Posted by Charles Buell, Seattle Home Inspector (Charles Buell Inspections Inc.) almost 7 years ago

I have had solar panels on my roof since 1983.  Saves a lot of money on hot water. I also use a programmable thermostat and added more insulation.  All incandescent light bulbs were replaced with CFL bulbs.  Water saver bath fixtures.  Energy saver appliances.

Posted by Jerry Lucas, Mobile Notary Colorado Springs, CO Notary Training (ABC Legal Docs LLC) almost 7 years ago
You nailed it Joe - for you the "old house charm" wasn't as attractive as more affordable power bills. And at least if a buyer chooses differently, it's good if it's an informed decision.
Posted by Nancy Conner, Olympia/Thurston County WA almost 7 years ago
Tina, I agree that it doesn't have to be a deal killer if the house in question has inefficencies that the buyer can correct or improve (and can afford those improvements or negotiate accordingly).
Posted by Nancy Conner, Olympia/Thurston County WA almost 7 years ago
Charles, there are always those darn tradeoffs aren't there? And each buyer will weigh out pros & cons, costs & benefits very differently.
Posted by Nancy Conner, Olympia/Thurston County WA almost 7 years ago
Hi Jerry! Sounds like you've been able to incorporate quite a few things that have likely resulted in some noticeable savings. Nice!
Posted by Nancy Conner, Olympia/Thurston County WA almost 7 years ago

Commented a few minutes ago but I guess the system didn't like my response. My electric bill went from $150 to $210 last month. Weather has been extremely cold here for Florida. Same everywhere this year I think.


Posted by Bill Reddington, Destin Florida Real Estate (Re/max By The Sea) almost 7 years ago

I never thought of it but the power bills can indicate outdated electric as well!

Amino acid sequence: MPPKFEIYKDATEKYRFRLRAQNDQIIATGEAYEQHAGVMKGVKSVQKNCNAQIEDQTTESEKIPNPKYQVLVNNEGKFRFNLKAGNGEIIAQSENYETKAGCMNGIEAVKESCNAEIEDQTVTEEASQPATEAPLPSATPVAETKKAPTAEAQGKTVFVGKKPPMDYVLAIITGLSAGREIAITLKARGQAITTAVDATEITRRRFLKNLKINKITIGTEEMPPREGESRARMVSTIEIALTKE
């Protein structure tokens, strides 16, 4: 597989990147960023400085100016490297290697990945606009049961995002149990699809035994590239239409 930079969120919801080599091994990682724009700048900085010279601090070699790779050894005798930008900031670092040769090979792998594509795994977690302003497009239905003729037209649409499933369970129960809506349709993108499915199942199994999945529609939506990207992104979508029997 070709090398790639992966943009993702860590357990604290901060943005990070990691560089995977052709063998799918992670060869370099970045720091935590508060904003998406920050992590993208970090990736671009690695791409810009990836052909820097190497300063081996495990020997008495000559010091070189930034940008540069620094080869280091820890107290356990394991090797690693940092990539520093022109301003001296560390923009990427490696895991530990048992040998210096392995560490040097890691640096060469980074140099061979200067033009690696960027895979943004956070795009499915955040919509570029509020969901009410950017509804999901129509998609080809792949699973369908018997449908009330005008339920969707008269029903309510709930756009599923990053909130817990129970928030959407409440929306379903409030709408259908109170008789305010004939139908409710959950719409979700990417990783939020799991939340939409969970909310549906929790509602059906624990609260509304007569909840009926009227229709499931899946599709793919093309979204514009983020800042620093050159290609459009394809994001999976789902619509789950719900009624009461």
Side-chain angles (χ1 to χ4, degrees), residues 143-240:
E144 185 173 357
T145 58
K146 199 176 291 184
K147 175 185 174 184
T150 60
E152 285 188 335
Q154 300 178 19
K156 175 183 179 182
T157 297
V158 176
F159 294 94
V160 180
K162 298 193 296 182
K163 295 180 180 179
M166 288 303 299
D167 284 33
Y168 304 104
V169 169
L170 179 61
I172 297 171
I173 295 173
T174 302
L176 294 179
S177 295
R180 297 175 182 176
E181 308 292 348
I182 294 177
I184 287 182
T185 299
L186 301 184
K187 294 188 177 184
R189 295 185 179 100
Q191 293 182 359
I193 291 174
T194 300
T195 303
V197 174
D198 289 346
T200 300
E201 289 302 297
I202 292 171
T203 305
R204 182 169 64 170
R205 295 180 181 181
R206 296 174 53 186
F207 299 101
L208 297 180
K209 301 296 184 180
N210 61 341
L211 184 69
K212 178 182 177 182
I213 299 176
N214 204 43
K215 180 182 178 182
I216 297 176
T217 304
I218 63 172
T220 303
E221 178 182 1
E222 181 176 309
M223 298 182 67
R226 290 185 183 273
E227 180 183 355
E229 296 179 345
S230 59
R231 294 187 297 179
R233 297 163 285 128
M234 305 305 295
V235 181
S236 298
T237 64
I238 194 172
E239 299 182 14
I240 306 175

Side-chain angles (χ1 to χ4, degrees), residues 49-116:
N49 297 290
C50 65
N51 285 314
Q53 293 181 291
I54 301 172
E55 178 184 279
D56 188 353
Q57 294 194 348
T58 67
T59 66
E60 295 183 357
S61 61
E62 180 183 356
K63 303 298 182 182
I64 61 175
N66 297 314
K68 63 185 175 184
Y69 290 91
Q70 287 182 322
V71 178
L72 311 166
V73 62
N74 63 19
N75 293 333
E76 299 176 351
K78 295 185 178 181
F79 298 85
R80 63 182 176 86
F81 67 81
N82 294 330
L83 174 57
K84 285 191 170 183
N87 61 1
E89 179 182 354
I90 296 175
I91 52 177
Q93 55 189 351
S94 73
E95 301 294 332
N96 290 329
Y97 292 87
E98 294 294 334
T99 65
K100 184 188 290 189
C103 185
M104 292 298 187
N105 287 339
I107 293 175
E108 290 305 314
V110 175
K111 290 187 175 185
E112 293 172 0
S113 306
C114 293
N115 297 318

Posted by Gary L. Waters Broker Associate, Bucci Realty, Fifteen Years Experience in Brevard County (Bucci Realty, Inc.) almost 7 years ago

Heating with electricity can depend a lot on the utility. Ours is community owned and lower the rate last January, again in April. But as for everyday usage, unless it's an old mobile home with aluminum wiring, depends on the family size, useage habbits. I was brought up on a Maine farm, taught to hang clothes out instead of thrown in the dryer. We did full loads of laundry, not just Suzie's jeans only for the big dance tonight just a few hours away and the house in an uproar over it. What were you taught growing up? Pass those lessons on to your kids.

Posted by Andrew Mooers | 207.532.6573, Northern Maine Real Estate-Aroostook County Broker (MOOERS REALTY) almost 7 years ago

It doesn't happen often, but sometimes a high utility bill can thwart a buyer from purchasing a particular home.  I remember back several years, when California was in the midst of an energy crisis.  One particular home had an electric bill that approached $400.00 for a month in summer.  It was a deal killer!